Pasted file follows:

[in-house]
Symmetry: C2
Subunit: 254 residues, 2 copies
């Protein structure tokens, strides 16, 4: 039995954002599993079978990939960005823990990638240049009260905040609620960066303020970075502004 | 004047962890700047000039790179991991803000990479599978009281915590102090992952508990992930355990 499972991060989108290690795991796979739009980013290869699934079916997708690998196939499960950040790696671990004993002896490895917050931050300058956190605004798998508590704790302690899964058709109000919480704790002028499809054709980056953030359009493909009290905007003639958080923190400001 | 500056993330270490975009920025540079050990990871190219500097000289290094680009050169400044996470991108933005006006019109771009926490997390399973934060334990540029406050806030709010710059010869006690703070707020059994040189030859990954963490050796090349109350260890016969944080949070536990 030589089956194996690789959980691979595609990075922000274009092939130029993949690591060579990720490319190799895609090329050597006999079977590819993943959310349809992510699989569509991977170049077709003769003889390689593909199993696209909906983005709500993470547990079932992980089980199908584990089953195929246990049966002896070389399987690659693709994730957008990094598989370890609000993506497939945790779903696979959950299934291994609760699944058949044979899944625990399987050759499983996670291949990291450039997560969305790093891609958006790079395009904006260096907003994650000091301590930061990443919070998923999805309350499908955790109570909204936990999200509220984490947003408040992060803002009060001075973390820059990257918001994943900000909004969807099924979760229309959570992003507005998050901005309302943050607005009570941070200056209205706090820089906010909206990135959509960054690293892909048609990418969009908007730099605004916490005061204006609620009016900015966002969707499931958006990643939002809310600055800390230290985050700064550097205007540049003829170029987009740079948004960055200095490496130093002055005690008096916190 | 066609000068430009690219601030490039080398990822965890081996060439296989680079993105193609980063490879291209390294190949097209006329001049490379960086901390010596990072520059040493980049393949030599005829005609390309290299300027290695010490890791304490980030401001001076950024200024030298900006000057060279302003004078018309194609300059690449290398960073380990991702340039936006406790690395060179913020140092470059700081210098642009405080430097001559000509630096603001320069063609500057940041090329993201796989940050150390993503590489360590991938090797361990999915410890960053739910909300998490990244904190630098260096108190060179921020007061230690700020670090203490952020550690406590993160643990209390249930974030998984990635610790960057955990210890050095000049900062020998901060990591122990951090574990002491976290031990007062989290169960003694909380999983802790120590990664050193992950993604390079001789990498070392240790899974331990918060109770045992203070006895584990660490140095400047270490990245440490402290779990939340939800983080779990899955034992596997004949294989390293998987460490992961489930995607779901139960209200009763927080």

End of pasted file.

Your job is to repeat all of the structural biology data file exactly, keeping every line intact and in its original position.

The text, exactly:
[in-house]
Symmetry: C2
Subunit: 254 residues, 2 copies
């Protein structure tokens, strides 16, 4: 039995954002599993079978990939960005823990990638240049009260905040609620960066303020970075502004 | 004047962890700047000039790179991991803000990479599978009281915590102090992952508990992930355990 499972991060989108290690795991796979739009980013290869699934079916997708690998196939499960950040790696671990004993002896490895917050931050300058956190605004798998508590704790302690899964058709109000919480704790002028499809054709980056953030359009493909009290905007003639958080923190400001 | 500056993330270490975009920025540079050990990871190219500097000289290094680009050169400044996470991108933005006006019109771009926490997390399973934060334990540029406050806030709010710059010869006690703070707020059994040189030859990954963490050796090349109350260890016969944080949070536990 030589089956194996690789959980691979595609990075922000274009092939130029993949690591060579990720490319190799895609090329050597006999079977590819993943959310349809992510699989569509991977170049077709003769003889390689593909199993696209909906983005709500993470547990079932992980089980199908584990089953195929246990049966002896070389399987690659693709994730957008990094598989370890609000993506497939945790779903696979959950299934291994609760699944058949044979899944625990399987050759499983996670291949990291450039997560969305790093891609958006790079395009904006260096907003994650000091301590930061990443919070998923999805309350499908955790109570909204936990999200509220984490947003408040992060803002009060001075973390820059990257918001994943900000909004969807099924979760229309959570992003507005998050901005309302943050607005009570941070200056209205706090820089906010909206990135959509960054690293892909048609990418969009908007730099605004916490005061204006609620009016900015966002969707499931958006990643939002809310600055800390230290985050700064550097205007540049003829170029987009740079948004960055200095490496130093002055005690008096916190 | 066609000068430009690219601030490039080398990822965890081996060439296989680079993105193609980063490879291209390294190949097209006329001049490379960086901390010596990072520059040493980049393949030599005829005609390309290299300027290695010490890791304490980030401001001076950024200024030298900006000057060279302003004078018309194609300059690449290398960073380990991702340039936006406790690395060179913020140092470059700081210098642009405080430097001559000509630096603001320069063609500057940041090329993201796989940050150390993503590489360590991938090797361990999915410890960053739910909300998490990244904190630098260096108190060179921020007061230690700020670090203490952020550690406590993160643990209390249930974030998984990635610790960057955990210890050095000049900062020998901060990591122990951090574990002491976290031990007062989290169960003694909380999983802790120590990664050193992950993604390079001789990498070392240790899974331990918060109770045992203070006895584990660490140095400047270490990245440490402290779990939340939800983080779990899955034992596997004949294989390293998987460490992961489930995607779901139960209200009763927080």